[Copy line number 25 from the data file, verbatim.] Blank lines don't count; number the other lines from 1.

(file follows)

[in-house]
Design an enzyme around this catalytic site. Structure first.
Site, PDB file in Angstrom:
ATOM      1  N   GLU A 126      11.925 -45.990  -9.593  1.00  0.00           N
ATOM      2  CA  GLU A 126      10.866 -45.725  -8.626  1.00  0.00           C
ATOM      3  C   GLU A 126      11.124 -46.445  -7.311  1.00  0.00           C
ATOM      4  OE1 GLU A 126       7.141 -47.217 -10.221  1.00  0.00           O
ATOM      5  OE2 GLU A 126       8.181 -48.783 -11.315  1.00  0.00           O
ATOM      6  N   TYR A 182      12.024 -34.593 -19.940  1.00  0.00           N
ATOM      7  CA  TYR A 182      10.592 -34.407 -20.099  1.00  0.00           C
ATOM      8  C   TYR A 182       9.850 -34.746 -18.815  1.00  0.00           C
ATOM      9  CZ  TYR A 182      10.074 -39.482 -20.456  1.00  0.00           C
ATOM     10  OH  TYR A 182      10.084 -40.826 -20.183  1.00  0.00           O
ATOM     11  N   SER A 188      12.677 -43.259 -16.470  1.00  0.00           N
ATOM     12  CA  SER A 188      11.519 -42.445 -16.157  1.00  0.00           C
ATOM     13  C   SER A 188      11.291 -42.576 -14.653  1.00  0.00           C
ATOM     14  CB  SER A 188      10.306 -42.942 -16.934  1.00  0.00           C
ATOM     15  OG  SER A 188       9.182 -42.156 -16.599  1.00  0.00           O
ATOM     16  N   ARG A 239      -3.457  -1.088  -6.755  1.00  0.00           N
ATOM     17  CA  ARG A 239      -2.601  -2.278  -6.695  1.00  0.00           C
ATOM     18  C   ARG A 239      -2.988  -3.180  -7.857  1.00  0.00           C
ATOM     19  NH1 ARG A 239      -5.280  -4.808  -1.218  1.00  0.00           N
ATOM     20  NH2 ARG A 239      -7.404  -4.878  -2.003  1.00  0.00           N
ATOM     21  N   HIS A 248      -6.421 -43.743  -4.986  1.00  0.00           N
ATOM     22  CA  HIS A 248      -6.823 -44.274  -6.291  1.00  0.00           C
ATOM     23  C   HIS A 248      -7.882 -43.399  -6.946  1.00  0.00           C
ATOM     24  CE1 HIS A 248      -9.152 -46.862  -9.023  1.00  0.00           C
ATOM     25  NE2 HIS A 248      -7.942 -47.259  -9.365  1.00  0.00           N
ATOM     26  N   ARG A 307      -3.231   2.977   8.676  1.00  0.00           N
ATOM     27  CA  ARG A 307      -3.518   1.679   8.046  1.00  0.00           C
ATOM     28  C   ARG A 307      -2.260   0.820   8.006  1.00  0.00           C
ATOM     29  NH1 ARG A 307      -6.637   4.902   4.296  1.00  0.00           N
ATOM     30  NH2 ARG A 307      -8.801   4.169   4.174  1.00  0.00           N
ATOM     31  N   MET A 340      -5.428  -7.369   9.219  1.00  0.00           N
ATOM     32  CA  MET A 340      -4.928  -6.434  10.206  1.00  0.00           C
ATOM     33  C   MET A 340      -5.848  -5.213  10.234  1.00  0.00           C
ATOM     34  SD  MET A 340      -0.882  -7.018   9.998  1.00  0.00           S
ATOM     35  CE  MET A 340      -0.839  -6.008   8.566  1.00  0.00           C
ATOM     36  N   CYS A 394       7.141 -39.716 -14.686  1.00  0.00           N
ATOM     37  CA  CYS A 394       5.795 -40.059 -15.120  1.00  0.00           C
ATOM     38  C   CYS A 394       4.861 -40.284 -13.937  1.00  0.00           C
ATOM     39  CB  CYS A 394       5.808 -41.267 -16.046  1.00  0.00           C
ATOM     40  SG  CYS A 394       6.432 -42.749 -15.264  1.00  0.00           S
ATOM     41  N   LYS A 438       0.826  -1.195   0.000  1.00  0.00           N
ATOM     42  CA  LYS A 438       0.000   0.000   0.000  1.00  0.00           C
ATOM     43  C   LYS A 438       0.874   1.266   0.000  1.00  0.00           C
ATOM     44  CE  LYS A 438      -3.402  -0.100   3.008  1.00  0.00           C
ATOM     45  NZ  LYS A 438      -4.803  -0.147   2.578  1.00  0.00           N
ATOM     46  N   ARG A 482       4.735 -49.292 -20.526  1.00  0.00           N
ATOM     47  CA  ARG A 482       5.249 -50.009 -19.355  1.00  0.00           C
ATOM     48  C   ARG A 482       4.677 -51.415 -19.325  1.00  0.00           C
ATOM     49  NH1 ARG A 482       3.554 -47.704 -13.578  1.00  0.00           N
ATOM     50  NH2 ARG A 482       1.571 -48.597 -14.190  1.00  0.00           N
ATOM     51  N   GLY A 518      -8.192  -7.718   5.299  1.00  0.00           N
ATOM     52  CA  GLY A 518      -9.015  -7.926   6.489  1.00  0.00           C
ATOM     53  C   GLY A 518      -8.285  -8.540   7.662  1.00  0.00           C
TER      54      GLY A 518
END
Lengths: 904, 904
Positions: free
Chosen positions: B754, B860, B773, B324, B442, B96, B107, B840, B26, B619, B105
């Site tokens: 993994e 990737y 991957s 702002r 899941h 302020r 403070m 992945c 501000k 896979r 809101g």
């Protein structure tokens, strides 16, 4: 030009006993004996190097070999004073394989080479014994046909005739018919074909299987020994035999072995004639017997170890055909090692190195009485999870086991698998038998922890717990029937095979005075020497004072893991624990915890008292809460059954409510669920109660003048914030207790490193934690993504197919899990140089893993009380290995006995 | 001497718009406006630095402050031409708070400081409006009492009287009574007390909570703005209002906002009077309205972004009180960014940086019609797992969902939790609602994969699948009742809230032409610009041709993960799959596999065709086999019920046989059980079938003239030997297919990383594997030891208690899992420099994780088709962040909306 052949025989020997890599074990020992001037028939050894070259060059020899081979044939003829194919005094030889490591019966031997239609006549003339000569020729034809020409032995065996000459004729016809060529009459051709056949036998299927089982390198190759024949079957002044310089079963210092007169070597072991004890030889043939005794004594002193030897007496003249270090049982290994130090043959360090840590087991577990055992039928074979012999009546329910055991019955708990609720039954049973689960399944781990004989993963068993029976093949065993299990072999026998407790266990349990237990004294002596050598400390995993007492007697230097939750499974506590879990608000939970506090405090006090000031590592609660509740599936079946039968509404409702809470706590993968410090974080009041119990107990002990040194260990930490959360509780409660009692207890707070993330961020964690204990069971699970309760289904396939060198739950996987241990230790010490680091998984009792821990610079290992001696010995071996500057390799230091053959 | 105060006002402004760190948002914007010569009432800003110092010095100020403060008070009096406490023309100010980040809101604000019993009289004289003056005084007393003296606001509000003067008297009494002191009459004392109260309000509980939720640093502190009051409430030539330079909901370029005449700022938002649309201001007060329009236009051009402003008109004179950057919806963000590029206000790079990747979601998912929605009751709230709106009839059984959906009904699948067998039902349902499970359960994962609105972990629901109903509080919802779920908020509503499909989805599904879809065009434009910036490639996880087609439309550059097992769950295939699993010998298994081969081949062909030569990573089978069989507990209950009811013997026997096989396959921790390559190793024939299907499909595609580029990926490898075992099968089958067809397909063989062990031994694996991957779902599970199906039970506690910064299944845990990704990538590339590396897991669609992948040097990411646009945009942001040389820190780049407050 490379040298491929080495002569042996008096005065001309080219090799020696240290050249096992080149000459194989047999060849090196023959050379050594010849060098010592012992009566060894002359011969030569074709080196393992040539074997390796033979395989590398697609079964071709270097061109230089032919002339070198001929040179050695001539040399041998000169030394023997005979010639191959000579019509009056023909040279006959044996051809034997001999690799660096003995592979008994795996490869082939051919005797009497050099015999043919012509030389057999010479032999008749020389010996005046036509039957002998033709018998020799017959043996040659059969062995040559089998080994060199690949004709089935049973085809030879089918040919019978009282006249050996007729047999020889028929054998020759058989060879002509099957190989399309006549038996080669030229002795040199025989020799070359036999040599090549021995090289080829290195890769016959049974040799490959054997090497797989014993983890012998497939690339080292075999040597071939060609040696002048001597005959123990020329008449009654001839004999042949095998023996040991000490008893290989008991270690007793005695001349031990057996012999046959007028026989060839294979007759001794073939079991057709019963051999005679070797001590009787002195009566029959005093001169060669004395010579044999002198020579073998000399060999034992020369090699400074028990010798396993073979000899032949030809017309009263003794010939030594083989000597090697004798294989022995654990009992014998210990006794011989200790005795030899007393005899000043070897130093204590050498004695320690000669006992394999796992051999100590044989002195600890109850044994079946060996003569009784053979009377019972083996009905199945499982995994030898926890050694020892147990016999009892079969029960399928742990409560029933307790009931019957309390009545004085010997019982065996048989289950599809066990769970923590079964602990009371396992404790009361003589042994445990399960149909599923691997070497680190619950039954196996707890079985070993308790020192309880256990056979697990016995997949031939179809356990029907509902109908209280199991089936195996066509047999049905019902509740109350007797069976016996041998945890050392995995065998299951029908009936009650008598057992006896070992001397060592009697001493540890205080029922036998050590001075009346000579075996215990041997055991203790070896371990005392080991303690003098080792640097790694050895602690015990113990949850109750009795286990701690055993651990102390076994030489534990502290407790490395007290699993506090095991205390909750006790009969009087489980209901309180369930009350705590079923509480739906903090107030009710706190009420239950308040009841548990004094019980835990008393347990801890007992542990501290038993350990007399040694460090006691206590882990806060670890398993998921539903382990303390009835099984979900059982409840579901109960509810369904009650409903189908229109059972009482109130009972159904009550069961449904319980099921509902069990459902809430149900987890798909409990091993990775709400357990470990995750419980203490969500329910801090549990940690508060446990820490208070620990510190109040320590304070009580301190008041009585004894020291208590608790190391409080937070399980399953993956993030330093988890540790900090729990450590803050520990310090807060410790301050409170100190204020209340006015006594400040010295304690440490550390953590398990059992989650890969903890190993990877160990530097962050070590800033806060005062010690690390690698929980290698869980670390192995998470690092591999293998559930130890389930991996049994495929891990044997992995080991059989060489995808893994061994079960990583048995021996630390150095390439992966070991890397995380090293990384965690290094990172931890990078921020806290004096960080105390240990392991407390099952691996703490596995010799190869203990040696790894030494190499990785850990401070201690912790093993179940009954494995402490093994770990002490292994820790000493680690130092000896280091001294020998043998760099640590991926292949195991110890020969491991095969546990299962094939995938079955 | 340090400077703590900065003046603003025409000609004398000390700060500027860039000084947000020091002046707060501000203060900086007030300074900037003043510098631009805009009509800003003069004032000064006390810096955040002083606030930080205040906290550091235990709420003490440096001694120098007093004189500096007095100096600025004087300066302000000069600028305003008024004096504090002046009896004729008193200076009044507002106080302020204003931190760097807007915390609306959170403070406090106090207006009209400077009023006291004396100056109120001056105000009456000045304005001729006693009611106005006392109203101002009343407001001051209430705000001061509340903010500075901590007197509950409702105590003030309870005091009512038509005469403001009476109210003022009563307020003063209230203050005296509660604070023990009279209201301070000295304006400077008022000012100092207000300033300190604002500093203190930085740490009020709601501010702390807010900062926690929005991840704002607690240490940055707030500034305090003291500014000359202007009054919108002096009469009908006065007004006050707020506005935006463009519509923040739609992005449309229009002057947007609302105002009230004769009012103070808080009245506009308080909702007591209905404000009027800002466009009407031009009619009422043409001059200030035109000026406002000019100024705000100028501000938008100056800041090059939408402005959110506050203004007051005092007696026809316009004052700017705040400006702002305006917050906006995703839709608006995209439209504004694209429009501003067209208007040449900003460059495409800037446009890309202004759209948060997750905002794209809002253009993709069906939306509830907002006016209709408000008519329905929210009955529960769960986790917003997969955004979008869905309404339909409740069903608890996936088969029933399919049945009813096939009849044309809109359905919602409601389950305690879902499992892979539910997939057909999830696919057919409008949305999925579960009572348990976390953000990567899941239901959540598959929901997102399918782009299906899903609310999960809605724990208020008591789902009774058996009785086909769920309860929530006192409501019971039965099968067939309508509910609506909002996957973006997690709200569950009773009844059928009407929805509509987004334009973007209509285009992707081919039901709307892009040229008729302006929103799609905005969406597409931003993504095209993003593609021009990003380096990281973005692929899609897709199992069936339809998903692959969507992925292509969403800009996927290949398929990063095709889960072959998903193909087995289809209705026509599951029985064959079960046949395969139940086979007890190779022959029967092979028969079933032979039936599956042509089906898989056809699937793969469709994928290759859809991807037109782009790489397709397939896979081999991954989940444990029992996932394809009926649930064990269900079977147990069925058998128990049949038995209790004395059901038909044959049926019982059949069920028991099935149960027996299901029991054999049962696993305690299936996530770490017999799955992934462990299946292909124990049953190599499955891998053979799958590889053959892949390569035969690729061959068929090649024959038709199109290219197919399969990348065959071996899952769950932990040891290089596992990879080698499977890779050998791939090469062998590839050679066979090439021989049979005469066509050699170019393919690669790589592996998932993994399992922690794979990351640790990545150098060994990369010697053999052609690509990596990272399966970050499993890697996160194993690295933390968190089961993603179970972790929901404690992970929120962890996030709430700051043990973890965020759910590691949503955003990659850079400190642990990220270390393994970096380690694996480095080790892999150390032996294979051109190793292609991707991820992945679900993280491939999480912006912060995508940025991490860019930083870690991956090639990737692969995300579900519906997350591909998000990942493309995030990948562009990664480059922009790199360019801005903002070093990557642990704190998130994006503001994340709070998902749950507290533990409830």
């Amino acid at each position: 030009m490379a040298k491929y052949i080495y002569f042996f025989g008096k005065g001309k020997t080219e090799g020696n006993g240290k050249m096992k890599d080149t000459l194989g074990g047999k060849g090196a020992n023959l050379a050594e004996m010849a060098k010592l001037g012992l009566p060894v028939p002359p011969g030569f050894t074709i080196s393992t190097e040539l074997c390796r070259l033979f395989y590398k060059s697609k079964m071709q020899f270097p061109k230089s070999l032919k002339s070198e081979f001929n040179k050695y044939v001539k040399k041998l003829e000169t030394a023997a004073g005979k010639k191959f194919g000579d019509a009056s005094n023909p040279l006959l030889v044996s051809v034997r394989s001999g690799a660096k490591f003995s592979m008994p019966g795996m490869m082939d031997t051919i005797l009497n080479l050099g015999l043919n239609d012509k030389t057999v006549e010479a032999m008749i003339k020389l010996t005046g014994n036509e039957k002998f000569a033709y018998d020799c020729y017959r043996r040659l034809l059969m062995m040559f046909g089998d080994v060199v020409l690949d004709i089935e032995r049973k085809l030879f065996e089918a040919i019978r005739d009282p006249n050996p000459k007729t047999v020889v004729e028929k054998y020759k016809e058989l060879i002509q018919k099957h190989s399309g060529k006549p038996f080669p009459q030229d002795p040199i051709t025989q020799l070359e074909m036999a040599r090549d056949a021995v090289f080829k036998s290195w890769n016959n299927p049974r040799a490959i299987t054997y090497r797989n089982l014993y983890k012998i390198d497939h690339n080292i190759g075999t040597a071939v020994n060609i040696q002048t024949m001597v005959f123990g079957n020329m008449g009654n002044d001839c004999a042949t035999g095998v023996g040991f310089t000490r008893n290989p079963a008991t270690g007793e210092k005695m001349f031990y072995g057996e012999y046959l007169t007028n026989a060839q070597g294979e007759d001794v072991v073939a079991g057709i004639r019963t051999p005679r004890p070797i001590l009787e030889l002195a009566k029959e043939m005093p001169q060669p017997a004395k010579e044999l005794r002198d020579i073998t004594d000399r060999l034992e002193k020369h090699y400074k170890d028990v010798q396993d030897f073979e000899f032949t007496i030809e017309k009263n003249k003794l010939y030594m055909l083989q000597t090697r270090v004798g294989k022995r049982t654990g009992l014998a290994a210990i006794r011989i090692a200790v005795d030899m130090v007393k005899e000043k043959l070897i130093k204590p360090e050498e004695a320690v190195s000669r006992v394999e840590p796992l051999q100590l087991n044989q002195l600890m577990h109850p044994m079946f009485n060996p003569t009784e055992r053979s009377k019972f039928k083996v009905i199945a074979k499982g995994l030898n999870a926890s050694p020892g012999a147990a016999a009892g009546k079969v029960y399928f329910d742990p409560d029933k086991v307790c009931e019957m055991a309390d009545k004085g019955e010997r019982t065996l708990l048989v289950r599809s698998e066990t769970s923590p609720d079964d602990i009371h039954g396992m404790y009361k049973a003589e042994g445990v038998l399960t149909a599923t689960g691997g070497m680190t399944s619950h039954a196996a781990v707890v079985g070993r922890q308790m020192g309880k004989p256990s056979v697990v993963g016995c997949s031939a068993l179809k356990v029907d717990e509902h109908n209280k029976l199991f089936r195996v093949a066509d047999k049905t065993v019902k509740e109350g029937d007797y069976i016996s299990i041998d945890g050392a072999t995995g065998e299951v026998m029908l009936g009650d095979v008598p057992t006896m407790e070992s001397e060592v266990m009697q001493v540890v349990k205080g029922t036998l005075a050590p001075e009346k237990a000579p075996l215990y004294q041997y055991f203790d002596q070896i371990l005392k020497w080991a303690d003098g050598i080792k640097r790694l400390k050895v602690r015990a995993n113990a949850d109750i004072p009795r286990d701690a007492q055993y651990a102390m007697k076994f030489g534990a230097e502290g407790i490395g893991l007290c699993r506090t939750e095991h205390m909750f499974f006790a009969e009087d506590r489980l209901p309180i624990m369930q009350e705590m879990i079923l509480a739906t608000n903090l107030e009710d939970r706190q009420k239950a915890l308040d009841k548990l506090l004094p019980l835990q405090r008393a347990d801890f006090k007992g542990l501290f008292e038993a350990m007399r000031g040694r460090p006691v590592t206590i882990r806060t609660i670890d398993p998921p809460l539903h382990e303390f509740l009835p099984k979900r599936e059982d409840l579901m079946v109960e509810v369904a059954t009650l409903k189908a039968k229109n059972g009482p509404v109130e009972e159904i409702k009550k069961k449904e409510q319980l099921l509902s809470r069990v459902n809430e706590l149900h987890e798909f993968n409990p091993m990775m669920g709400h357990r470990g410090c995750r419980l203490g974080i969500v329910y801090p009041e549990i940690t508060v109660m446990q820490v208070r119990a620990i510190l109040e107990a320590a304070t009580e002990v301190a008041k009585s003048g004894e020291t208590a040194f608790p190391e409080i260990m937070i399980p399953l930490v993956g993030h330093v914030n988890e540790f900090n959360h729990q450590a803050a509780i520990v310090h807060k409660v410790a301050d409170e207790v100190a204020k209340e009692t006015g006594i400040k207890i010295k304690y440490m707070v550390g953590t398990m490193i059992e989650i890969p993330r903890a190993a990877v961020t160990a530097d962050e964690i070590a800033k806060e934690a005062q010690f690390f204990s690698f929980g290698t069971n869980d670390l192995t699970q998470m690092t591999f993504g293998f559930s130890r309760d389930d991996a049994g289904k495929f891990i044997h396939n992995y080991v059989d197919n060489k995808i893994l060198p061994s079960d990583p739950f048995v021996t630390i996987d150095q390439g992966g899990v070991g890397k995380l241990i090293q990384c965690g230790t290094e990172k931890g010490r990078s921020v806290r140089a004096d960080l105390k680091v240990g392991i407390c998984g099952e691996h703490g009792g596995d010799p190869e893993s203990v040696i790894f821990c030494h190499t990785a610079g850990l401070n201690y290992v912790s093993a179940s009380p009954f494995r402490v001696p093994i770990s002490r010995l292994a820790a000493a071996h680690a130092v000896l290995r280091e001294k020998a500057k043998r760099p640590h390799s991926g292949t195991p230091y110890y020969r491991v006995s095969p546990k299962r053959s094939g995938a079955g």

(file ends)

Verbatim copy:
ATOM     22  CA  HIS A 248      -6.823 -44.274  -6.291  1.00  0.00           C